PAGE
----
Reviews: Chapter 510’s New Youth-Written Books Full of Imagination and Creativity (Part 2)

A group of books with an African woman on the cover are on a brightly lit table
Photo by Robbie Sweeny courtesy of Chapter 510.

Some Oakland Voices correspondents read and reviewed newly published books by Chapter 510, a literary nonprofit based in Old Oakland. The youngest writers were 8 years old when they wrote their books. The published books include illustrations by diverse local authors, bringing their stories to life. 

The organization offers free writing programs for Oakland youth, and also partners with OUSD classrooms and teachers. An example is a novel-writing club at Westlake Middle School with teacher Tiffany Golden, leading to six published chapter-books. 

The books featured here, and other books, can be purchased from Chapter 510’s online store or by visiting their Department of Make / Believe storefront in Old Oakland. Read part one of our reviews.

three African American youth stand on a stage holding books they wrote
Photo by Robbie Sweeny courtesy of Chapter 510.

Was it You?

By Violet Wu, illustrations by Mara Ramirez

Author Violet Wu uses vivid imagery and sensory details to expose a secret that consumes the life of Reya. In “Was it You?,” Wu blends suspense and humor to engage the reader as we anxiously await for Reya and her friend Omo to uncover the neighborhood mystery. -KR

Our Hero 

By Maya Makonnen, illustrations by Todd German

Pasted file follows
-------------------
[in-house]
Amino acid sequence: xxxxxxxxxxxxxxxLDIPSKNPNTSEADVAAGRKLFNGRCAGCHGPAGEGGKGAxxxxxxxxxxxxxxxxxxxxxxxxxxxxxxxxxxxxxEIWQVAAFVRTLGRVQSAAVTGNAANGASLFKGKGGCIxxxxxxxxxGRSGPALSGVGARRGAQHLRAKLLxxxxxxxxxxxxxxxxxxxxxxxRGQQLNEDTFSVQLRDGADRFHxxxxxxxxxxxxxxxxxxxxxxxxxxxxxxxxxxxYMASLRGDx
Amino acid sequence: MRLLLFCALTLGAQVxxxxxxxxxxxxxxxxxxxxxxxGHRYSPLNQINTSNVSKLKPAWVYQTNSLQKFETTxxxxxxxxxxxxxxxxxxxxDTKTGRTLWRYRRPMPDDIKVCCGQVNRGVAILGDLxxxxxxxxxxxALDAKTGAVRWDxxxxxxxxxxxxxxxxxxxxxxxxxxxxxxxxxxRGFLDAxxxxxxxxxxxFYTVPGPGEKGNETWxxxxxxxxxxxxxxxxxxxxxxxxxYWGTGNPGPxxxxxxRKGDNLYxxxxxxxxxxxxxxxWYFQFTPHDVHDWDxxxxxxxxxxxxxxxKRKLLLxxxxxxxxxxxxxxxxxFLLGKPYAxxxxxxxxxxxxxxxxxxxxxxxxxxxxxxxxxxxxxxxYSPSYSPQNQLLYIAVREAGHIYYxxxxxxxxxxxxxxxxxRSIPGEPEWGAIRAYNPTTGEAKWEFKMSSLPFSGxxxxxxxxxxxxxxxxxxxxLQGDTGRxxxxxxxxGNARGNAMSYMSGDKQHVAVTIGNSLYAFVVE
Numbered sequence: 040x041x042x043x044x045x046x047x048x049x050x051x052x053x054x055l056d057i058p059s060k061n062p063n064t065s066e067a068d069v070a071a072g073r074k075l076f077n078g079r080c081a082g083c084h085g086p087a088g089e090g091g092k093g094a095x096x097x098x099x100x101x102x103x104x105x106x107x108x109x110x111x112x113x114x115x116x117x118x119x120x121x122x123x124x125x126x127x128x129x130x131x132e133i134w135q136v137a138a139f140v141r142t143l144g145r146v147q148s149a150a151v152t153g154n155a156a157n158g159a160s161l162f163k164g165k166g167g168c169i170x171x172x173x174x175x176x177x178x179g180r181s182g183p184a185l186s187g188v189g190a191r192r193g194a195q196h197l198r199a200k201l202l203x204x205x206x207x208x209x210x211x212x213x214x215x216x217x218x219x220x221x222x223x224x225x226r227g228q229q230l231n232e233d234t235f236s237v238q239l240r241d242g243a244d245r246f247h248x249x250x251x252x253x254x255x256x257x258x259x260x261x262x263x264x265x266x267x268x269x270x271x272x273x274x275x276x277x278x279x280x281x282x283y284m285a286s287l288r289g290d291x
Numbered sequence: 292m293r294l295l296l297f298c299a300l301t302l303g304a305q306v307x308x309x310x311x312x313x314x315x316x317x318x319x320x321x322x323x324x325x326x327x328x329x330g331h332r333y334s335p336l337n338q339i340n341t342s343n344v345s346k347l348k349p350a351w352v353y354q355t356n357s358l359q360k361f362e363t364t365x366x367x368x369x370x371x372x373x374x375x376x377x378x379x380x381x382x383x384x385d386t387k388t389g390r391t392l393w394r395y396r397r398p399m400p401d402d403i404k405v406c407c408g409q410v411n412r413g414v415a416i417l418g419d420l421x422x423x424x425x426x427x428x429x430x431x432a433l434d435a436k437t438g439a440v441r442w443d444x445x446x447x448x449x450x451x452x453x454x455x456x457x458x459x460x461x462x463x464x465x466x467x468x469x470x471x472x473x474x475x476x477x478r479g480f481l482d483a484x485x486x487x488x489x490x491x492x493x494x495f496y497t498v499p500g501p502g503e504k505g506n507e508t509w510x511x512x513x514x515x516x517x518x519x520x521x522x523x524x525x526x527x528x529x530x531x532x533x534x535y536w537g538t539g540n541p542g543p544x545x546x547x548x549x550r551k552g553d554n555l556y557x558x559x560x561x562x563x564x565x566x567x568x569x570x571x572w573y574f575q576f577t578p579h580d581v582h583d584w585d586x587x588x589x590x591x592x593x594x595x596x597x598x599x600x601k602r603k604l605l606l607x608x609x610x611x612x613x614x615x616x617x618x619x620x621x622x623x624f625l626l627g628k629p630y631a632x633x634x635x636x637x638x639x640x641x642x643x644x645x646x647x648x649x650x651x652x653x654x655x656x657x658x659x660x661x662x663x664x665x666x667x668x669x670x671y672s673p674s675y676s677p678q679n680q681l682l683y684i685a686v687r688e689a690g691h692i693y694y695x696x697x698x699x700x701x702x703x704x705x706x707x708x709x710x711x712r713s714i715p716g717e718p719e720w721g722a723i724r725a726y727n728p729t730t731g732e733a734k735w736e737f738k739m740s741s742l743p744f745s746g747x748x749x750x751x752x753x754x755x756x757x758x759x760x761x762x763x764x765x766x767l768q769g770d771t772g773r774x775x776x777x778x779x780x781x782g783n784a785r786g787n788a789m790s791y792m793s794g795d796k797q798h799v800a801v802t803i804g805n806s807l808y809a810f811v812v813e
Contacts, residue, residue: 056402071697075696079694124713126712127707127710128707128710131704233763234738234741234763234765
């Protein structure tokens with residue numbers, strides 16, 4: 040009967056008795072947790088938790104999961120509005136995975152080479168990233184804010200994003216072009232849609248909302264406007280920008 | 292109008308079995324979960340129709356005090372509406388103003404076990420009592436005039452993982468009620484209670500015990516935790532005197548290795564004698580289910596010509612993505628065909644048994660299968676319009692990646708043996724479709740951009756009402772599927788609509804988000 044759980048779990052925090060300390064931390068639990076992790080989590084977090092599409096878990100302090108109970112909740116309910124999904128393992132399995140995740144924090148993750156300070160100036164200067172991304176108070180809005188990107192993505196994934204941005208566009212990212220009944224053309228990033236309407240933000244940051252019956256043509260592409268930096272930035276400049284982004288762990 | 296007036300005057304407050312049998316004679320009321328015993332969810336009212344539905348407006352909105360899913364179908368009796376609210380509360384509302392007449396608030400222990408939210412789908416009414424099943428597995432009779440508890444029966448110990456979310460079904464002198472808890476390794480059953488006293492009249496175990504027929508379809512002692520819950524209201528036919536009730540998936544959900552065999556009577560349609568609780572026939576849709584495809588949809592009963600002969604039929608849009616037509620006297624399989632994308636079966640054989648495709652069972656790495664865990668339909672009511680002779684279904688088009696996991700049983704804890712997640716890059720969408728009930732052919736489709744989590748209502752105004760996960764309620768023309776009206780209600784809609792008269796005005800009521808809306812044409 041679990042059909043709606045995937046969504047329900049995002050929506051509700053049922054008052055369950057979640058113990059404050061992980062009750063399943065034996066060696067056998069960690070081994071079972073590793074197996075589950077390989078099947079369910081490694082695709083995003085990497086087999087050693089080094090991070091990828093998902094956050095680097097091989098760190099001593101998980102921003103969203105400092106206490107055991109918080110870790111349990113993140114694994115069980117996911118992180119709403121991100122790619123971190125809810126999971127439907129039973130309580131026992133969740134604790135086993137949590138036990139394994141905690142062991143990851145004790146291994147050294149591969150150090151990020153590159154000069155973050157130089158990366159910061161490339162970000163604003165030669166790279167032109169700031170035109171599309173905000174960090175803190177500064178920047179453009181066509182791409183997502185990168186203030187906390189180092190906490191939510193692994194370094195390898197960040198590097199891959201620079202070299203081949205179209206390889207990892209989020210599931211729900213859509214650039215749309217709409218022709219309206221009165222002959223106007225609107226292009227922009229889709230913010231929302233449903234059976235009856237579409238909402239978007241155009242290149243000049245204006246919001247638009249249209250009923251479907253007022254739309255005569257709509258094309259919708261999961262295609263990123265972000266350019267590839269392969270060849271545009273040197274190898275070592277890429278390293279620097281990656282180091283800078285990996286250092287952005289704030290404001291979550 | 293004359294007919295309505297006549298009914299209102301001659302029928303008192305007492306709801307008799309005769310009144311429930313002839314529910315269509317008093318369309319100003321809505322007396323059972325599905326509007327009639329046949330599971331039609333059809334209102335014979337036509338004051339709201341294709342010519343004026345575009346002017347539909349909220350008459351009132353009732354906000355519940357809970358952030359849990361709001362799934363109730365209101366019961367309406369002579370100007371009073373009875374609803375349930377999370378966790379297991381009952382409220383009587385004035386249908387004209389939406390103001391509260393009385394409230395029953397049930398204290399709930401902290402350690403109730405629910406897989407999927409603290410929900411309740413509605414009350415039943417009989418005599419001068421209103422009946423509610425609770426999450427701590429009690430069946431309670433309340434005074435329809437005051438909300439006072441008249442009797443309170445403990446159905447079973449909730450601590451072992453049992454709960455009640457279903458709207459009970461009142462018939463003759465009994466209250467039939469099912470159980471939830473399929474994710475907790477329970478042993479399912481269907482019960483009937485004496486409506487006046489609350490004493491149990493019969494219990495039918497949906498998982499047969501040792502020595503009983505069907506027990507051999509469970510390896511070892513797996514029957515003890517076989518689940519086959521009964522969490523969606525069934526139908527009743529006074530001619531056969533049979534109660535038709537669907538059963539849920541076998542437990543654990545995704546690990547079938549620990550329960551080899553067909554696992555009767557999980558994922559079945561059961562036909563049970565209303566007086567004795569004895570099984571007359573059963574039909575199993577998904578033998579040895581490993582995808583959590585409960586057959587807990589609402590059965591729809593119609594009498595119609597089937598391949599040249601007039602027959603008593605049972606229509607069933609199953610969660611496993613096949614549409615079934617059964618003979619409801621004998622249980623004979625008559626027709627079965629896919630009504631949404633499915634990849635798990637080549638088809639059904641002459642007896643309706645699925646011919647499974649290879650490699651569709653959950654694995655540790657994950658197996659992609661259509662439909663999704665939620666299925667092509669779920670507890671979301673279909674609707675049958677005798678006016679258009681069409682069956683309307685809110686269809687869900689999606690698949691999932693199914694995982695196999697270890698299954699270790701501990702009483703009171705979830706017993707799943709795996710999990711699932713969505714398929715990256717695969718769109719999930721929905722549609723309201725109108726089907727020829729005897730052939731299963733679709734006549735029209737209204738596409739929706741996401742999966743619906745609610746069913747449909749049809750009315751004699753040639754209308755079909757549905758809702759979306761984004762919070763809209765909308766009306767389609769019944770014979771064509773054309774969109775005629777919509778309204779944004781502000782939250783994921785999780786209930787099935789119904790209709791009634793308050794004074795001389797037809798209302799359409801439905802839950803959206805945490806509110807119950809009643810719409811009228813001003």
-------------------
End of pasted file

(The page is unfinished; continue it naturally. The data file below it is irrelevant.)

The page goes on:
If solving crimes wasn’t hard enough, try doing it under the legacy of your older brother. In, Our Hero, Maya Makonnen takes the reader on a journey of courage as Valentina Lopez fearlessly enters her family business as a detective. Detective Lopez proves that even when the world doubts your abilities, trusting your intuition will keep you on your path to victory. -KR

The Good or Bad Rob

By Raqia Izaath Dilshad, illustrations by Breena Nuñez

Can looks be deceiving? In The Good and Bad Rob, author Raqia Izaath Dilshad leads her readers into the woods to challenge their preconceived notions about monsters! Dilshad’s story is illuminated with vivid images by illustrator Breena Nuñez. -KR

Bravery is in Us

By Nafissatou Ndiaye, illustrations by Zhanné Easter

In Bravery is in Us, Coumba Saq’s school project on her family’s history turns into a magical mission to discover her ancestral gifts. Author Nafissatou Ndiaye and illustrator Zhanné Easter provide readers with a rich and vibrant lesson on bravery and self discovery. -KR

Making Friends

By Sofia Wang, illustrations by Natalia Anciso

In Making Friends, author Zofia Wang recalls the early stages of the pandemic to discuss the challenges of making friends. As the main character Zofia becomes acclimated to her new school, she learns how to open up and build lasting relationships during tough times. -KR

Making Friends by Sofia Wang. Photo by Robbie Sweeny courtesy of Chapter 510.

The Man in the Black Trench Coat 

By Emily Cho, illustrated by Mara Ramirez

The Man in the Black Trench Coat is full of mystery, starting with a man wearing a trench coat who drops a photo of the protagonist, Ellie, on a train. Ellie is a girl with the superpower of invisibility and a mysterious family background—and she could be in danger The concise story is action-packed, leaving readers wanting for the sequel. -MC

The Ghost Detective

By Ka’tara Jackson, illustrations by ColB